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Realising the potential: why it's time for a 25-year plan for early intervention

Published

30 Oct 2018

Today, we have published ‘Realising the potential of early intervention’, a landmark report for EIF and, we believe, for the field of early intervention.

Our report has important things to say about how we got to this point, and about the future for early intervention and the people and communities to whom it provides vital support. If you read nothing else this year about early intervention in the UK, I hope you will read this.

Realising the potential is one part ‘state of the nation’ – what we know about when and how early intervention can help in tackling the multitude of problems and issues we see in the lives of children and young people – and one part bold action plan: what needs to happen next to ensure this potential is converted into positive impact for as many as possible.

If you read nothing else this year about early intervention in the UK, I hope you will read this.

At the heart of this action plan is one crucial observation: long-termism matters. So many of the benefits of early intervention emerge over the long term, for individuals, communities and society as a whole. And to stand a better chance of being effective, early intervention must be part of a long-term plan, based on a long-term strategy, backed by stable, long-term funding and a long-term commitment to research and evaluation. Short-term, single-issue policy-making and funding is just not good enough when it comes to addressing this complex social issue.

If we are going to realise the potential of early intervention to improve the lives of children and families across the UK, we must get to grips with the scale of the challenge and the level of political priority and investment required. We have seen government make long-term commitments to tackling some high-priority social issues, including housing and the environment. Surely supporting vulnerable children deserves the same. And so we say in this report that it is time for a 25-year plan for early intervention, to provide the ambition, coordination and stability that this agenda requires.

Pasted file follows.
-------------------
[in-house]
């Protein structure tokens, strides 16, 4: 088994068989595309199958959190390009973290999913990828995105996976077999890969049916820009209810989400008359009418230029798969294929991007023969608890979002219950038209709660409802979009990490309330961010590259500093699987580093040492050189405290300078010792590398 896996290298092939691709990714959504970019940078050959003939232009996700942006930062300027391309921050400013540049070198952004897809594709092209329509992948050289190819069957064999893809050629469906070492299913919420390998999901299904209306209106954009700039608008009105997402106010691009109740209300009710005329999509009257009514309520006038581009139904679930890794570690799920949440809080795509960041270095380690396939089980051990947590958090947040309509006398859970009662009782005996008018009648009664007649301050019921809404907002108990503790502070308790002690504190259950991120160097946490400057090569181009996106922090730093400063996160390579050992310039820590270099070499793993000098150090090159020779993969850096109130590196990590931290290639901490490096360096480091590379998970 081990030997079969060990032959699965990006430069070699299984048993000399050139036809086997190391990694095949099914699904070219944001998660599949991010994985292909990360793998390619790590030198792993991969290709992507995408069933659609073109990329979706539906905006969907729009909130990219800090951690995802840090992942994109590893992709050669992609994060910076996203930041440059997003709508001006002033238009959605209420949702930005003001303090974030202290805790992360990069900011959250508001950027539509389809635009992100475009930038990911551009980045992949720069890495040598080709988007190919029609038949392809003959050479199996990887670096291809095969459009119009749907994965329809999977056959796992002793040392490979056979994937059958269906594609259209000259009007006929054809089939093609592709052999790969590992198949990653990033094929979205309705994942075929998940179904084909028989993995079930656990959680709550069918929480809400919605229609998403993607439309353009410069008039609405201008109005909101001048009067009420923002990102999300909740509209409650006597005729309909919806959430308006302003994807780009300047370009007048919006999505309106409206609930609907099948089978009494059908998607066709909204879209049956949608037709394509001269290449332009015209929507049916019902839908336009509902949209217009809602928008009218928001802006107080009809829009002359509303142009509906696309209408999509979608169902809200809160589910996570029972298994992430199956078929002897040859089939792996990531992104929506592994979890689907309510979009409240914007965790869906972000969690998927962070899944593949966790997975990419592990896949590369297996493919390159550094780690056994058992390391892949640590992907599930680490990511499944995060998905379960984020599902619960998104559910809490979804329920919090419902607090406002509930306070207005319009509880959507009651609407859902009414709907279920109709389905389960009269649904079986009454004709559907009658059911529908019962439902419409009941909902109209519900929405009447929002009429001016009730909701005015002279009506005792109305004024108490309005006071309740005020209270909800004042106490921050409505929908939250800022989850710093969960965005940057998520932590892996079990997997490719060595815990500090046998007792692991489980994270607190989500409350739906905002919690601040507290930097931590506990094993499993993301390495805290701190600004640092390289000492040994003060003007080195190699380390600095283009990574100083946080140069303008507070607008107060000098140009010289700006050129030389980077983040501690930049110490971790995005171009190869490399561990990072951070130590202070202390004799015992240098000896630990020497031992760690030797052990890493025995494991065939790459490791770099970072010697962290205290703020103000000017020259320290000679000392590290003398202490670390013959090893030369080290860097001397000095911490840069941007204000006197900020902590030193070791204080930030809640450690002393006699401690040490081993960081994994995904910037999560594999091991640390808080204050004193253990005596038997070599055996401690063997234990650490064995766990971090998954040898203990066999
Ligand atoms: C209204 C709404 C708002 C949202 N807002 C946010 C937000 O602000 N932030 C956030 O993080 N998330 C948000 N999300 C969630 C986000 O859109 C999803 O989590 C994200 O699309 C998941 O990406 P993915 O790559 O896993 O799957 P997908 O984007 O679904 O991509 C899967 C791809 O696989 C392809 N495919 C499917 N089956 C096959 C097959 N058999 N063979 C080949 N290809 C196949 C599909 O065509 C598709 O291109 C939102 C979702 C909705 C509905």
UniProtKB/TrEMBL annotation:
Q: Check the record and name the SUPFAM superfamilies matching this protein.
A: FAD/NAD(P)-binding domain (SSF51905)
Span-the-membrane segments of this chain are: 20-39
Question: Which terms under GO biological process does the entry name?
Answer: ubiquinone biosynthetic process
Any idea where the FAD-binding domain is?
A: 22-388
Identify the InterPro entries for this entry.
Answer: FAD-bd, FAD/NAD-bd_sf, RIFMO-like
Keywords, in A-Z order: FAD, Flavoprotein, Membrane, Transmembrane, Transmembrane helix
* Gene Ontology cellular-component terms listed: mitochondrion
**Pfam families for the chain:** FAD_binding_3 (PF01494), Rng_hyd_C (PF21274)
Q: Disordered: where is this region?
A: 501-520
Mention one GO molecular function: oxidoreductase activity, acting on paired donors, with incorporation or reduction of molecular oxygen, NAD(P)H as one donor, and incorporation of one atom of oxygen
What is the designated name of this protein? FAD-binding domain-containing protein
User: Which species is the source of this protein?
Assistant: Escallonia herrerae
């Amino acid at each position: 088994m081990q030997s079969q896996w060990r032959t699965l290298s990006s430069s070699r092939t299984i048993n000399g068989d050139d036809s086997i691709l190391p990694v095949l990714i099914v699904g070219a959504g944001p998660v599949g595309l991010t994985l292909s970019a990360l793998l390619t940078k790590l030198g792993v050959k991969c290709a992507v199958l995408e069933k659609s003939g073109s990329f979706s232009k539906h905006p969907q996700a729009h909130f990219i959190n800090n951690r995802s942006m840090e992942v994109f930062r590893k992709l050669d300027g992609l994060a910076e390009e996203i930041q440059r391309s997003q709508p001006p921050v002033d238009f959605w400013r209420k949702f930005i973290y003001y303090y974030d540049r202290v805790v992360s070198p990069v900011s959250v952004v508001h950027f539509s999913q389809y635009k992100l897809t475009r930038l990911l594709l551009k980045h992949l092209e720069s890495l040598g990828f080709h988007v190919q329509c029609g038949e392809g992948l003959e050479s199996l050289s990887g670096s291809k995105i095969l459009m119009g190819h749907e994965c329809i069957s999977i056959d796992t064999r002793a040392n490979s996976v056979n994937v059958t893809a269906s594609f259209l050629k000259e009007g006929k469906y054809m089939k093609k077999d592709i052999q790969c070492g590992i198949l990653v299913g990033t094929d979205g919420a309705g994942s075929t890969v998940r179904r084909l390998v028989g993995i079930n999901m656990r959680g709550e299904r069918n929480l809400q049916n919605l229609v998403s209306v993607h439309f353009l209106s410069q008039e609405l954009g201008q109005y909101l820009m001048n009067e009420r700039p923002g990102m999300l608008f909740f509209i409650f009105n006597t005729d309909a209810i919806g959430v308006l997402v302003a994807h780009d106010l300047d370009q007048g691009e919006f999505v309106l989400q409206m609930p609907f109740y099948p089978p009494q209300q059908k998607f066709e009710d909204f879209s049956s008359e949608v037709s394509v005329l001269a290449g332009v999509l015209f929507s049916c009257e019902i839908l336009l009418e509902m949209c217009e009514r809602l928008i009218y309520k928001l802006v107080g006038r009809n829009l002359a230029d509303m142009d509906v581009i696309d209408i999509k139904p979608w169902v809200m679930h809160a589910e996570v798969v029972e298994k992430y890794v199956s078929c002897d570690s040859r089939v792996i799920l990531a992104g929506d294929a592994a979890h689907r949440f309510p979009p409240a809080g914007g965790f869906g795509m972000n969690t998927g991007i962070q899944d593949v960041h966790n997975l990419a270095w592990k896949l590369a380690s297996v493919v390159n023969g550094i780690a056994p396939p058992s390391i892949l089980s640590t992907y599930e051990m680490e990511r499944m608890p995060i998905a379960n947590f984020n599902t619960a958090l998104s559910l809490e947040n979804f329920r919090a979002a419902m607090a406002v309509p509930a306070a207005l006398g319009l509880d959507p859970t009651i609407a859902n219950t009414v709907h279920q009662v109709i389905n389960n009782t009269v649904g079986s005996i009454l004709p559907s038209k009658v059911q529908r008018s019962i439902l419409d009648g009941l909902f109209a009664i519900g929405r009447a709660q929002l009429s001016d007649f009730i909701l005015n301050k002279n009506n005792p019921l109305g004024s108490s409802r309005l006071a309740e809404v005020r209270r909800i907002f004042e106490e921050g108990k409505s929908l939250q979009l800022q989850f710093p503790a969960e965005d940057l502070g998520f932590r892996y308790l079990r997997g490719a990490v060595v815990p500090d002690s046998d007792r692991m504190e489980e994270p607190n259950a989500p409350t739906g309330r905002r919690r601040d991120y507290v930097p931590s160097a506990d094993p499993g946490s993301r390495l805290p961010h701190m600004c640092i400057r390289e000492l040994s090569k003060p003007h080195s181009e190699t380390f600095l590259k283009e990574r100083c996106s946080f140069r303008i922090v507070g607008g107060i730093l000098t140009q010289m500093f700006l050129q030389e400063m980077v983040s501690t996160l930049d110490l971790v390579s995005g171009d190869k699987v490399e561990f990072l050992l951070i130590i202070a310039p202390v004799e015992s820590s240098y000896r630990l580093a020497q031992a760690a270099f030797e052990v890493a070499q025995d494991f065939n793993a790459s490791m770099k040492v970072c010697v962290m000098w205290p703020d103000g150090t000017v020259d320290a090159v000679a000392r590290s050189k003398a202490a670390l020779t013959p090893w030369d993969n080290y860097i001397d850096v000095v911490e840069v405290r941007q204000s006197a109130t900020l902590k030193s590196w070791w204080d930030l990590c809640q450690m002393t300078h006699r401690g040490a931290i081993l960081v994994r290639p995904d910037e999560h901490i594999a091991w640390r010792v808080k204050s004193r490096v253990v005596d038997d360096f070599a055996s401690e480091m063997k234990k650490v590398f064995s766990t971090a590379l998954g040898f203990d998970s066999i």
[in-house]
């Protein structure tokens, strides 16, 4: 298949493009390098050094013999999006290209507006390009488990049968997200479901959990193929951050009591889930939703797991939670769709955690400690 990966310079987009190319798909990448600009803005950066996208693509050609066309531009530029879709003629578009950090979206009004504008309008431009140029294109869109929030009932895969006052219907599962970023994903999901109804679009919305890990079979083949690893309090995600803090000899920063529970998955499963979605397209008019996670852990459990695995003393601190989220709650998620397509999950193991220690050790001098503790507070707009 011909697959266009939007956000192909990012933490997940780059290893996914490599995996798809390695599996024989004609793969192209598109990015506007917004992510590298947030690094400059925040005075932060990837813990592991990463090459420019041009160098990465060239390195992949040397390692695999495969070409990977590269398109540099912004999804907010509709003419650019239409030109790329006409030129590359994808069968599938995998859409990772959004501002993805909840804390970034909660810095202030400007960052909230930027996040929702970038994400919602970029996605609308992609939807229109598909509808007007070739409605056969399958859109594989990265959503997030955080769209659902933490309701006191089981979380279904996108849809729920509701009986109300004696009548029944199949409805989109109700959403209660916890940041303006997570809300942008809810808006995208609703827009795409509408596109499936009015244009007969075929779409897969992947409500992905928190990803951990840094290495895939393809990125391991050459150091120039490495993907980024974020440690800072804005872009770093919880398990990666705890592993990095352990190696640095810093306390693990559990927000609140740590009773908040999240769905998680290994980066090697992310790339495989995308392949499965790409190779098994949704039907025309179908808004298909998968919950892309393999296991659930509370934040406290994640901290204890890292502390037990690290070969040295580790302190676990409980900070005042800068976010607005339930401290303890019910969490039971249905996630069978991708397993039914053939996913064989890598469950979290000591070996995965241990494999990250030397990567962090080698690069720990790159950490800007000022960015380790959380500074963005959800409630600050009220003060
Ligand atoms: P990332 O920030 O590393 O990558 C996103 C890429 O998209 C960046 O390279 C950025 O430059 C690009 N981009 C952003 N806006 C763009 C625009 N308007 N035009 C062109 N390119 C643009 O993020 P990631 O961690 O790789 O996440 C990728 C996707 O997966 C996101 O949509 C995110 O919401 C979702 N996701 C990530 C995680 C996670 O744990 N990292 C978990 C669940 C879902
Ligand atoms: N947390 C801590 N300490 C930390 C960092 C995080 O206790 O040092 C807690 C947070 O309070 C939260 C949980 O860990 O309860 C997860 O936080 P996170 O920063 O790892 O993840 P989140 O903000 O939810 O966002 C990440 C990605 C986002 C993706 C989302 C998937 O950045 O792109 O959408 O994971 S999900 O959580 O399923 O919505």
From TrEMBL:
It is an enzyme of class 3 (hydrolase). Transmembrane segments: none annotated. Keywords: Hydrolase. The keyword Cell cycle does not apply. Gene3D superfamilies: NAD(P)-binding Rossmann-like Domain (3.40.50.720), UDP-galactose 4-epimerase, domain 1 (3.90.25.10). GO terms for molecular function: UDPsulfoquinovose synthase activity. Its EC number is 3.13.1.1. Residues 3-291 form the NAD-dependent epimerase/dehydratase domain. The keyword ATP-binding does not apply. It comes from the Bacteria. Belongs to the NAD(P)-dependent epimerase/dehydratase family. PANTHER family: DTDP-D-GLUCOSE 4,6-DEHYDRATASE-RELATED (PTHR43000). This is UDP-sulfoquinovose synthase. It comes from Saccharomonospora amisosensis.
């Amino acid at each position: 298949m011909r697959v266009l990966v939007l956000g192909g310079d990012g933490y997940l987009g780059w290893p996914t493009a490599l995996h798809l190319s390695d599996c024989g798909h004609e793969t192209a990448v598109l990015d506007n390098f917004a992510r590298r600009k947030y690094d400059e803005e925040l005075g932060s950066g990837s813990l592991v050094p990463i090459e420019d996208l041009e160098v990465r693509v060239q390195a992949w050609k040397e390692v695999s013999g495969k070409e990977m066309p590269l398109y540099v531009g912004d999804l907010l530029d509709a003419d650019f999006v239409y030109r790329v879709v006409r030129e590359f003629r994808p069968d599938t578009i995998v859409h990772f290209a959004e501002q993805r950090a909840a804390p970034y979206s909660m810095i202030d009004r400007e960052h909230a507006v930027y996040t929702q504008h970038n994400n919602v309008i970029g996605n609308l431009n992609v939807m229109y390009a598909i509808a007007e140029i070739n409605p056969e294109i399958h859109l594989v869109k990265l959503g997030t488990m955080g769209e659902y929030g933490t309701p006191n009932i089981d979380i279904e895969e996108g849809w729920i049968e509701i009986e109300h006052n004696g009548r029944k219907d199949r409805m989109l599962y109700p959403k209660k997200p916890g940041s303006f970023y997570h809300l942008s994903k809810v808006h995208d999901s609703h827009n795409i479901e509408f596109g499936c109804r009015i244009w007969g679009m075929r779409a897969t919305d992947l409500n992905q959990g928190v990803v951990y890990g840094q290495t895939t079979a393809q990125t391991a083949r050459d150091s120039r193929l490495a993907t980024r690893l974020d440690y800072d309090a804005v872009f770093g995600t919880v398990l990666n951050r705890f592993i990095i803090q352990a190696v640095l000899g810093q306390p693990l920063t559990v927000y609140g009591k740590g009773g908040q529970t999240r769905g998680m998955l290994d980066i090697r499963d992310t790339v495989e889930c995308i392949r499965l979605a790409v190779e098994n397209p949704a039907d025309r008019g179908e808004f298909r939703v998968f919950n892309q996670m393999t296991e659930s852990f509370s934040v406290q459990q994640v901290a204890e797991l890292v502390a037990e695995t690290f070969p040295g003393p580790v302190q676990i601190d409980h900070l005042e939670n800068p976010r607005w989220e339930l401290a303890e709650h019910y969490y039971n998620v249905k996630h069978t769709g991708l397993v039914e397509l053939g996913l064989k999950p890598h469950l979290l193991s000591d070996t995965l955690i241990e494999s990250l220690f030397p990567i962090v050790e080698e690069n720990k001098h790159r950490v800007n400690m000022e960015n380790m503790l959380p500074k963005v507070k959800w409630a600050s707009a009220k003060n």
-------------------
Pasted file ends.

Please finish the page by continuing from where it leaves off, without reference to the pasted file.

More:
It is time for a 25-year plan for early intervention, to provide the ambition, coordination and stability that this agenda requires.

Over the five years that EIF has been in existence, we have learned a tremendous amount about where the strongest evidence for the positive impact of early intervention lies – and, just as importantly, where there are gaps in our knowledge. Being a What Works Centre means we must be confident and clear in cases where there is good evidence of what works, and honest and proactive in others where the evidence still needs to be developed further.

And we have learned a lot about what gets in the way of prioritising and investing in early intervention. Through our work and engagement with public bodies, services and charities across the country, we have heard repeatedly about the same set of barriers that prevent sustainable investment, strategic planning, careful implementation – in short, which make it less likely that effective early intervention is provided to the children and families who need it most. And so our report sets out actions – four national, two local – that we believe can work to bring down these barriers and unleash the potential of early intervention to have a positive impact on more children and young people and their communities.

At EIF, we spend a lot of time and energy focusing on the details of early intervention: how to identify children at risk, use evidence in commissioning decisions, design new interventions, build supportive local partnerships, and much else besides. And we do this across a wide range of issues, from public health and education to childcare, youth justice and family support. This is important and fascinating work.

But it is equally important to come up for air, to understand why all this work matters, and how it translates into meaningful improvements in the lives of children and young people. It is inspiring and energising to have this renewed argument for why early intervention is so important and a plan for what must change.

The success of the country depends on supporting all children to reach their potential. If anything is worthy of long‑term planning, surely it is this.

About the author

Dr Jo Casebourne

Jo is chief executive at EIF.